But Samourai is more focused on privacy and allowing you to have your own keys. Amir's DarkWallet was anarchist in the negative sense and I want to be completely away from the government and be this dark and allow any type of listings and that branding and that mantra, if you launch with that, that may at the time might not have been what most people in the space were motivated by.

Brian Hoffman
No. I think he opened up people's mind's to what the potential of something like bitcoin could have on the entire world. I remember when I forked DarkMarket, that first week, WIRED Magazine called me on my phone. I still don't know how they even got my cell phone number. They called me and they were just like, "Oh my God. This concept is going to destroy the world. What happens if Fiat goes away and the market places are all black markets."

It's this very tantalizing vision of what happens if we just blow up the incumbent trade world.

Charlie Shrem
Let's go through the thought experiment here for a second. What happens if that were to happen?

Brian Hoffman
I think over the last 10 years, we've realized it's a very hard thing to do, to unseat that... The world's economy is massive. As successful as bitcoin has been, it's still nowhere near unseating all of that. But what would happen if it did? It's hard to say. I think it would take quite a while, but it could change it in many, many interesting ways. Think about state's borders. Once a digital currency is literally the world's reserve currency, what does that mean? You're going anywhere, anytime. You're spending your money equally wherever you go.

Charlie Shrem
Well, there's two different schools of thought on that, right? So, there's the school of thought and you know this very well. There's two school of thought. One school of thought is that bitcoin will become this global currency for all to use, consumers, like me and you transacting. And the other school of thought who won't outright say it, but this is what they want and what they see and what they're building towards, is bitcoin becoming this global reserve settlement currency between all these other currencies and payment systems around the world. And I've had guests on the show advocate that.

Brian Hoffman
Yeah. I hate to sit and push on one of those so hard in a very passionate fashion, because I'm not really sure what happens there. I can see either option being likely but, I think early on, we just assumed that bitcoin would be the strongest currency and it would be very fluid and you'd be able to transfer it and the fees would be low. We were always pitching bitcoin as the lowest cost-

Charlie Shrem
Dude, I would pitch it as free. I would say it was free.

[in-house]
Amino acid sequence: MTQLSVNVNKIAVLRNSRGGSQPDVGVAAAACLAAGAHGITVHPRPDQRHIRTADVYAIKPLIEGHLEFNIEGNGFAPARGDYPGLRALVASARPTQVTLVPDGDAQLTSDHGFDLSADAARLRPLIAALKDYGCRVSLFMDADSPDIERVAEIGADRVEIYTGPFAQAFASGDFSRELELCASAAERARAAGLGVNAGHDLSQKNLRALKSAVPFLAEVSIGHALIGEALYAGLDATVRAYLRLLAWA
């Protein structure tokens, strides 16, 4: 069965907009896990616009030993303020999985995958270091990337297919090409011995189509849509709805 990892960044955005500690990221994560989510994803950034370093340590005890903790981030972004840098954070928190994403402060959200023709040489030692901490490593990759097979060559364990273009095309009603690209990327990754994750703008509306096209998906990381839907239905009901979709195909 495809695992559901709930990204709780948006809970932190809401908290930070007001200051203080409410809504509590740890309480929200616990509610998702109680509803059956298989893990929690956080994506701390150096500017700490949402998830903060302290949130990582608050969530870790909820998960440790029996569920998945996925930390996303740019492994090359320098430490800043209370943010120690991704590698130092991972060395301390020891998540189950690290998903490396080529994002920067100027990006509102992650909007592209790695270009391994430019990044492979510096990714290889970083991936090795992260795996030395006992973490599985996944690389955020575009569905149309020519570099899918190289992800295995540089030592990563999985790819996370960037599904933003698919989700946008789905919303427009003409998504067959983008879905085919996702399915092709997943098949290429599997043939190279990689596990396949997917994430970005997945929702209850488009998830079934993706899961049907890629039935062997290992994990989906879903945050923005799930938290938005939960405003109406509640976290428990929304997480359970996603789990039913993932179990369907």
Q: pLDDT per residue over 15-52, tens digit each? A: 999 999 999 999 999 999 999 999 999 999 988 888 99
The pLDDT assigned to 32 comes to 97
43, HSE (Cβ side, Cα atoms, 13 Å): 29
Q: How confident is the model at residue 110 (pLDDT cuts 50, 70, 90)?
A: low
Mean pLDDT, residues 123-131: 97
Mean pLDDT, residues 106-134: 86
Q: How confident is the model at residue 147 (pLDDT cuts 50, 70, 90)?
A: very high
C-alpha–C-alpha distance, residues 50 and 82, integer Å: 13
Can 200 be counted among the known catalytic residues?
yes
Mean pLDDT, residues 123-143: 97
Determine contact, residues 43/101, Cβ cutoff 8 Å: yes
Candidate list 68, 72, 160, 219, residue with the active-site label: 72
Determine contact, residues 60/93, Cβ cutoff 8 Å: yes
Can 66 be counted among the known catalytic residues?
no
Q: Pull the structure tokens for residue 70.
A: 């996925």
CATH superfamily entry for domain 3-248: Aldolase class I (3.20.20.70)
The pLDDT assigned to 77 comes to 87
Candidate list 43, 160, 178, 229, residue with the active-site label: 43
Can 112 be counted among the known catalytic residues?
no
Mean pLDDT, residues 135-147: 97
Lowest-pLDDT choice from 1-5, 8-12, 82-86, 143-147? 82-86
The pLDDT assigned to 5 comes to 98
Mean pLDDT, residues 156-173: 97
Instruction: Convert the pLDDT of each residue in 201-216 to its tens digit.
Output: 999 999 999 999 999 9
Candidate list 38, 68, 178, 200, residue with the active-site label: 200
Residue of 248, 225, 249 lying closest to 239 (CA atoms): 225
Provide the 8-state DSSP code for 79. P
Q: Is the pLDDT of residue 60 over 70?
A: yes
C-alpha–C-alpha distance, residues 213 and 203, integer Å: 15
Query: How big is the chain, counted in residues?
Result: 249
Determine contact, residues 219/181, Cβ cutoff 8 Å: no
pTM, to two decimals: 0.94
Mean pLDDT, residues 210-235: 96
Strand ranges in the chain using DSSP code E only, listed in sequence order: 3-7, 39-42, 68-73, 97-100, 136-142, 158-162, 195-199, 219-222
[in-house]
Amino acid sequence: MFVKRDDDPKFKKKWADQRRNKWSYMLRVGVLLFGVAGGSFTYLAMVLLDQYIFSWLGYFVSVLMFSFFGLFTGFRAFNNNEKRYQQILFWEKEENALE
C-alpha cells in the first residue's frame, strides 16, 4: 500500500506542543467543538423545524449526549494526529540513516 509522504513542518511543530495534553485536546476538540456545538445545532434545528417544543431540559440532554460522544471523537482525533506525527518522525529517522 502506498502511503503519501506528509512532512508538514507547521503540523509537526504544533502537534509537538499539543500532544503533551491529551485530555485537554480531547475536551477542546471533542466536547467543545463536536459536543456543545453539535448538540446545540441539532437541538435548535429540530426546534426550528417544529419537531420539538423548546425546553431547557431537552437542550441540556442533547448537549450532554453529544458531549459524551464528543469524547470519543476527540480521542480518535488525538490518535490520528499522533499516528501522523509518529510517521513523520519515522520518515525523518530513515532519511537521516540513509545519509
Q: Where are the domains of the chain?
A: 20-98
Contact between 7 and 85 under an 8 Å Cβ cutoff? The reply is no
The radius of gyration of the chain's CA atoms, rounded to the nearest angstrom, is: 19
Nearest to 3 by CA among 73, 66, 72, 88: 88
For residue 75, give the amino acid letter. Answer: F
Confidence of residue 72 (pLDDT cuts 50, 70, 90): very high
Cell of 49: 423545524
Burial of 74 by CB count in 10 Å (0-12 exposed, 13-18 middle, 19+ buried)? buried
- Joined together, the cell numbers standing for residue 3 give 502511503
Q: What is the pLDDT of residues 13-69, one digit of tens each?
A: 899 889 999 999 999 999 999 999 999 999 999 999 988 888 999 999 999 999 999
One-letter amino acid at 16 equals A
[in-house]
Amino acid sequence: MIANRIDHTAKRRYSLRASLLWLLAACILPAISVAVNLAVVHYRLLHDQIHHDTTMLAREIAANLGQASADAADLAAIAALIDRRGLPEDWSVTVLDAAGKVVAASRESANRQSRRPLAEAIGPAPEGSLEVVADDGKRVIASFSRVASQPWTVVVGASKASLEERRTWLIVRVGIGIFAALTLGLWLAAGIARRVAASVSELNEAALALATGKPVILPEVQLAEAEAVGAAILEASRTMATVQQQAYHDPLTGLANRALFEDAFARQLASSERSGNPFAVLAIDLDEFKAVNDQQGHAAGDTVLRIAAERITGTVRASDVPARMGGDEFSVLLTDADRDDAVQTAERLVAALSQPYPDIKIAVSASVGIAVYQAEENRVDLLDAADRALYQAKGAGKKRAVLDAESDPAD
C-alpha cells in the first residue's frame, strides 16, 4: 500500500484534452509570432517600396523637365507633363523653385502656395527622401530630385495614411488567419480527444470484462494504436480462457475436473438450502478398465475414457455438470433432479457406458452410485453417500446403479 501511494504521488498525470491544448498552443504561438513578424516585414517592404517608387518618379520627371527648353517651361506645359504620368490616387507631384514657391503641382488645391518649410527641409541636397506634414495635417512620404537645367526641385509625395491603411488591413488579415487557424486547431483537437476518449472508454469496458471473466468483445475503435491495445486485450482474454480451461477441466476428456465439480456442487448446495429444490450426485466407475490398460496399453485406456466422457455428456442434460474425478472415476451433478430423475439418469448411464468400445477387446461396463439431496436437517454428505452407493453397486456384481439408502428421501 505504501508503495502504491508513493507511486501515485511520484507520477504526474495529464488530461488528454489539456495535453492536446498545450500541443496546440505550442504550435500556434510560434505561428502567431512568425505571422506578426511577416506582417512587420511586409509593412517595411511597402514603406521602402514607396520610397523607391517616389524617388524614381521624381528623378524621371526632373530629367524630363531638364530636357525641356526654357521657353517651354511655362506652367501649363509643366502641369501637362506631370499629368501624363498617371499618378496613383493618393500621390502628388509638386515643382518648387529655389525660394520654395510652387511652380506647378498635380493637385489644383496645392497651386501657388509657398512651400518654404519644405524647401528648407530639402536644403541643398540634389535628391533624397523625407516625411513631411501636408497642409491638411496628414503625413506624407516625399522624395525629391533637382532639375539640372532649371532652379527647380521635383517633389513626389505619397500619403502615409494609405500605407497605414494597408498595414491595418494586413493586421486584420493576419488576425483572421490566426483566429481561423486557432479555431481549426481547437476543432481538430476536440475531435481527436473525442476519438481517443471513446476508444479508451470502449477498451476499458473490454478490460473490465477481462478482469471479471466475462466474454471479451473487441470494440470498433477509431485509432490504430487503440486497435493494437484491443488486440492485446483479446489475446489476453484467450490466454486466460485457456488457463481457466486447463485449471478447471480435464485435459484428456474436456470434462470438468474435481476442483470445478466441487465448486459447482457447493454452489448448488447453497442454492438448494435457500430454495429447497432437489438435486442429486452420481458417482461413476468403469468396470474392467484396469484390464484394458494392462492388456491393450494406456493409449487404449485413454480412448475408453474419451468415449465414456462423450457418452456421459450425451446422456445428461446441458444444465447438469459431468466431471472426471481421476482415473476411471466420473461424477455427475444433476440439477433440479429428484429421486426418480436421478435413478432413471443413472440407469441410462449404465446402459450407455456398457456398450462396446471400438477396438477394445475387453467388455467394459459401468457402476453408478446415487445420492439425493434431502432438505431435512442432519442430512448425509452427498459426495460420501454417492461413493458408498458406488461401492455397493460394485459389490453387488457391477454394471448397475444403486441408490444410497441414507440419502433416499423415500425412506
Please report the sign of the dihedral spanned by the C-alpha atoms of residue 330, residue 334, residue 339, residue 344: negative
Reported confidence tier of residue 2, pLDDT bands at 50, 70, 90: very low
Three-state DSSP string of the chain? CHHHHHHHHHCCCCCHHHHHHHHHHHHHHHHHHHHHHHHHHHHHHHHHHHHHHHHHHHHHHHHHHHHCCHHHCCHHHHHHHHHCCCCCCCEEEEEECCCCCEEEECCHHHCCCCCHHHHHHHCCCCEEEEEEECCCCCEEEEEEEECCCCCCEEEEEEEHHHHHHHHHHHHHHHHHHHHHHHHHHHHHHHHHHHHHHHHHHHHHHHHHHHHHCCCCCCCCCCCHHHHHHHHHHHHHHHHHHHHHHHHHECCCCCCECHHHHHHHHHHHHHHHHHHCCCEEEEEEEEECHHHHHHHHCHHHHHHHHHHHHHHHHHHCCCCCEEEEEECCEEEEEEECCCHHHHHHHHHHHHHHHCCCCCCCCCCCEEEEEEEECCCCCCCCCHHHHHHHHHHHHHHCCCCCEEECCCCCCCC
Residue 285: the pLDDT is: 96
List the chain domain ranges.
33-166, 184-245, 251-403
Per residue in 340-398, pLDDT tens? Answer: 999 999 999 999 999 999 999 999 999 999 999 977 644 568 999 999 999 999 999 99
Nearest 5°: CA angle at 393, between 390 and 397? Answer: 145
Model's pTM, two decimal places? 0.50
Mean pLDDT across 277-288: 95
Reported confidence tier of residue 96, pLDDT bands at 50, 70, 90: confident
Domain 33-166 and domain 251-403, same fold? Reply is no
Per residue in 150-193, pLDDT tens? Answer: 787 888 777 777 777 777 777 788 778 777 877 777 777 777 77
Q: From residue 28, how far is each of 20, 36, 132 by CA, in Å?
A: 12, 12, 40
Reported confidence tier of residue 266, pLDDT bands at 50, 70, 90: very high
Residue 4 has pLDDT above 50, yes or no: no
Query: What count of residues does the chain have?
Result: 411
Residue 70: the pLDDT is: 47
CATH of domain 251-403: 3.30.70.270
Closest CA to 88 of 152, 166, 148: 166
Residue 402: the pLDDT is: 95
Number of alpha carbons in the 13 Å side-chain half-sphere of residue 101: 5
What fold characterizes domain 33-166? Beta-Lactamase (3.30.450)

Brian Hoffman
Free, negligible.

Charlie Shrem
I would never even say that it would have any fees. I would say that it's free.

Brian Hoffman
When we started OpenBazaar, I think the fees were four or five cents. That would just negligible. I remember pitching-

Charlie Shrem
Yeah. It was so minuscule, the wallets just absorb it.

Brian Hoffman
I remember when we talked to the investors in 2015. We were still like this is a free market place essentially in all aspects. Now it's shifted a lot. Part of that is growing pains of a network where people are not positive how they're going to scale it and how else do you continue being positive and optimistic about that outlook if you don't know how to solve that problem. Do you invent layer two? You come up with different positions of what it is.

And, if layer two does work out, then maybe layer one is more of a settlement layer. I don't know how that would work exactly. I've heard really great arguments either way. But, that's not my specialty. I don't focus daily on that aspect of it. I'm not an economist. I'm not building a Bitcoin Core right now, so I just try to stay up on those topics.

But, ideally for our business and our project it makes sense to have some kind of viable transactional currency that doesn't cost too much.

Charlie Shrem
Your business is a socioeconomic experiment because your business is... Tell me if I'm wrong, your business is building the ability for people to have virtually lemonade stands in their houses and allow them to transact with anyone anywhere in the world, person-to-person.

Brian Hoffman
Yeah. Exactly. And I think as that grows and matures, you can see it expand even business-to-business and business-to-consumer and all kinds of different models because that underlying technology is reusable, it's scalable, in a much more different way than bitcoin. Bitcoin, there's only a finite amount of space in the blockchain and people fight over that resource and the way that our network is built, it's much more similar to BitTorrent where the more people that use it, it actually gets more efficient.

I think trade, the currency piece of it is where challenge lies, the payments piece. We've had to expand beyond just offering bitcoin because of that constraint. But, in terms of the network and the way that trade actually happens in the internet, that's infinitely scalable.

Charlie Shrem
Well, I think that's in the value of the whole concept of free market is you should allow anyone to use whatever currency they want to use and so the more people that are on the OpenBazaar platform, it's similar to the way BitTorrent works where you have more seeders and you have more people and more connections to each other and more nodes and it allows the technology and the network to grow.

Brian Hoffman
Yeah. Exactly. Building large peer-to-peer networks, which is essentially what OpenBazaar is, it's not easy. People have gone to it and gone away from it millions of times. In fact-

Charlie Shrem
Why?

Brian Hoffman